I think it's really important to know your spiritual gift because the master is coming back and he's going to judge those who invested their gift into the kingdom of God. And then he's going to also judge those who just simply sat on it. Listen to what the master says to the two servants who used the resources he gave to his servants. Remember, he says, well done good and faithful slave. You have been faithful with few things but I will put you in charge of many things. Enter into the joy of your master. Enter into the joy of your master is just another way of saying this, good job, you have shown that you can be trusted with the gifts that have been given to you. Welcome into the kingdom of God.
It's a prophecy. Welcome into the kingdom. You have been faithful to what God has given to you. But on the other hand, the servant who buried his talent gets a much different response. And when we return, we're going to look at what made this foolish lazy servant bury the gift that was given to him by his master.
Steve Conover: Sometimes it's hard to place yourself in the world of the New Testament. As you enter the time and place of Jesus and His disciples, it's really easy to put Western thinking and life on the pages of Scripture. In the times of Jesus, there are confusing practices. New people, groups and even unexplained religious conflicts. How did it all come about? Well, Dr. William Marty walks you through the history leading up to the arrival of Jesus in the book, The World of Jesus. Get to know the times in which Jesus lived so you'll better understand his teaching and ministry, and along the way, discover how God prepared the world for the one who would turn it upside down. To learn how you can purchase The World of Jesus for a limited time, go to foiradio.org or call our listener line at 888-343-6940. That's 888-343-6940 or once again, foiradio.org.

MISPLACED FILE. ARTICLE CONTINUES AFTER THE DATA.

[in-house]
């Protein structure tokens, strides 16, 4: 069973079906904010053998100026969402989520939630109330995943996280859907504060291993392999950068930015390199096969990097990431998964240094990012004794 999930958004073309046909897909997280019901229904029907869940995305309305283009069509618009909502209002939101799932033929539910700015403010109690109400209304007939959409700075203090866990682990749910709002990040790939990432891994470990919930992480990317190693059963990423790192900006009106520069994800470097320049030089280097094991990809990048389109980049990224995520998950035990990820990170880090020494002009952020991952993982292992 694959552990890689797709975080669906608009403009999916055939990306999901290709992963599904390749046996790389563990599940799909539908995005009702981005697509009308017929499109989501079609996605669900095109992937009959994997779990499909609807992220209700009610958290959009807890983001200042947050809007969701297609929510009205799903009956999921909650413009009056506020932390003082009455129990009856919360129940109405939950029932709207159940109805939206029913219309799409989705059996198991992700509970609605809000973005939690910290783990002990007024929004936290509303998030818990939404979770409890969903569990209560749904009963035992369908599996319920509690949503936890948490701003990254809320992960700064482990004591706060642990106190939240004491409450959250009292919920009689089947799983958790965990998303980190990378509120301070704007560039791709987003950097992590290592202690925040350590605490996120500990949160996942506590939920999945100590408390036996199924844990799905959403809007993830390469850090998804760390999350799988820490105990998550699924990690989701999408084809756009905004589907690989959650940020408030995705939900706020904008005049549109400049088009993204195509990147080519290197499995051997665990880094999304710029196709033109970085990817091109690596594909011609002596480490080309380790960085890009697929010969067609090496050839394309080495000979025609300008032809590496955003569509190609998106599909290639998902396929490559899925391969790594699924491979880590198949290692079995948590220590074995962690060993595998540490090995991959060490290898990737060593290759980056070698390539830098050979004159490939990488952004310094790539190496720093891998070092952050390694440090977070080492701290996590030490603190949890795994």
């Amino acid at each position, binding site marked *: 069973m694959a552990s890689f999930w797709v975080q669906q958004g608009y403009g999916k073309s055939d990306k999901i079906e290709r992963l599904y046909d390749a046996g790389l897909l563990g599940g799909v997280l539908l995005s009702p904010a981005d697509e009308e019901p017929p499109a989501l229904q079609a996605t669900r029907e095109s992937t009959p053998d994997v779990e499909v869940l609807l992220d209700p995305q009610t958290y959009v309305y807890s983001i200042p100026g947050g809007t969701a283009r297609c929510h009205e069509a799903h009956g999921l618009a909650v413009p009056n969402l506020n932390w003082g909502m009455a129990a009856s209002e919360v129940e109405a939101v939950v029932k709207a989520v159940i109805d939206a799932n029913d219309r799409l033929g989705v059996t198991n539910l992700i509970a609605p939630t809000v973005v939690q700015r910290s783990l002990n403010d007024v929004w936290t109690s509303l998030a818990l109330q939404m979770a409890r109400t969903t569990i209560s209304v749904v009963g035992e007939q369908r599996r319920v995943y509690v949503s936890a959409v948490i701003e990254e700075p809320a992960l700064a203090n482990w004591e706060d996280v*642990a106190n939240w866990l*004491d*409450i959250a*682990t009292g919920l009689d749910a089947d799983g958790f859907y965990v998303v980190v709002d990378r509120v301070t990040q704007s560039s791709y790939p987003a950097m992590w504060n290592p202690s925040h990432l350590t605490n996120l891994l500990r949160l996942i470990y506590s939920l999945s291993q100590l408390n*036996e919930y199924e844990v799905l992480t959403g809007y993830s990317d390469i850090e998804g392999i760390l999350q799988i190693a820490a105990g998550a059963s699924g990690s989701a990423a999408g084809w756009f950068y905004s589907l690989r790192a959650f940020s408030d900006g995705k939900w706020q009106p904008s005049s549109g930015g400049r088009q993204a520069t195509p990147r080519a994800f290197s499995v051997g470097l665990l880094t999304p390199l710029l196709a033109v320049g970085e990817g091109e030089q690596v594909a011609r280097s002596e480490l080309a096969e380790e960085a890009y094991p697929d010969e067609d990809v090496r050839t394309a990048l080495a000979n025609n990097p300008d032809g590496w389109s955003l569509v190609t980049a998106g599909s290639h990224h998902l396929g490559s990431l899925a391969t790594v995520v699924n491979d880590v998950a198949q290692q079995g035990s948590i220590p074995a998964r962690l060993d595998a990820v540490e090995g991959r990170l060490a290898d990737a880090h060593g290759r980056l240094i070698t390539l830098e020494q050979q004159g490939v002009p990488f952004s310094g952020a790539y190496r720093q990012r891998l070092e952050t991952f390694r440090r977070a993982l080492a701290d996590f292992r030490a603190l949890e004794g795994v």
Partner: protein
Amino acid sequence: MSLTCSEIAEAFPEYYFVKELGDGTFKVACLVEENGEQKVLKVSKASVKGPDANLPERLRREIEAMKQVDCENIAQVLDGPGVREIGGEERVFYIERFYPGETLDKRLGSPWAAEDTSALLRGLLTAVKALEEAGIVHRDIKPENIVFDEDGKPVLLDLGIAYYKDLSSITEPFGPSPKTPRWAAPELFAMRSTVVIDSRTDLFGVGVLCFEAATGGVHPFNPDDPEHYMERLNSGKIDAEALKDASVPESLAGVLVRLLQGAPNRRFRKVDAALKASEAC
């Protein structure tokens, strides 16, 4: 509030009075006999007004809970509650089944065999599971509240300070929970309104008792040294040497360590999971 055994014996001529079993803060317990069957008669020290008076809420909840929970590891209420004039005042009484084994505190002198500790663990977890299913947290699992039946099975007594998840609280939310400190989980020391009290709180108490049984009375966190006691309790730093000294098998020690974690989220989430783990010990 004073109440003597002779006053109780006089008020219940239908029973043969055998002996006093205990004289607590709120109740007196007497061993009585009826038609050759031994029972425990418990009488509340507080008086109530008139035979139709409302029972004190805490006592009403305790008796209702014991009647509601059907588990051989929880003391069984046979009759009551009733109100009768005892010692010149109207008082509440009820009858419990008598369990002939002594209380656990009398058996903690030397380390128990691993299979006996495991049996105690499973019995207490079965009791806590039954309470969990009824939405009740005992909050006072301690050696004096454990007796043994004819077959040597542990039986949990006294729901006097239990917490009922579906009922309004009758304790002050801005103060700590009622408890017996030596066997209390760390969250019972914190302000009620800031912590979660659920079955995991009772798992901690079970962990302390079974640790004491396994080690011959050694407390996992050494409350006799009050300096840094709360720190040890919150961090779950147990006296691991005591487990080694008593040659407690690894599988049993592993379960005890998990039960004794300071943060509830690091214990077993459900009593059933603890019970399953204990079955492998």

Chris Katulka: Welcome back everyone. We've been discussing the Parable of the Talents from Matthew 25 and we just learned that the parable is all about how we steward the God-given gifts, ability and talents to impact this world for the sake of the gospel. While Jesus is away, the question we need to be asking ourselves is this, how are we using the resources he's given to us to minister to people and to point them to him? Well, we just saw that when the master returns, which is the equivalent of Christ returning, the master is pleased with the two servants who invested their talents and turned it into a profit. But on the other hand, the master has some choice words for the servant who chose to bury the talent that was given to him. Listen to the exchange between the master and the lazy servant.
"Then the one who had received the one talent came and said, 'Sir I knew that you were a hard man, harvesting where you did not sow, gathering where you did not scatter seed, so I was afraid. And I went and hid your talent in the ground. But see, you have what's yours.' But his master answered, 'Evil and lazy slave. So you knew that I harvest where I did not sow and gather where I did not scatter, then you should have deposited the money with bankers and on my return I would have received the money back with interest. Therefore, take the talent from him and give it to the one who has 10.'"
There is one phrase that just sticks out to me about this servant who didn't invest the master's talent, and it all has to do with the way he viewed the master. Listen to what he says, "Sir, I knew that you were a hard man, harvesting where you did not sow and gathering where you did not scatter seed, so I was afraid and I hid your talent in the ground." Folks, that last servant feared the master and had a wrong perception of the master. He feared the master and thought he had unreasonable expectations.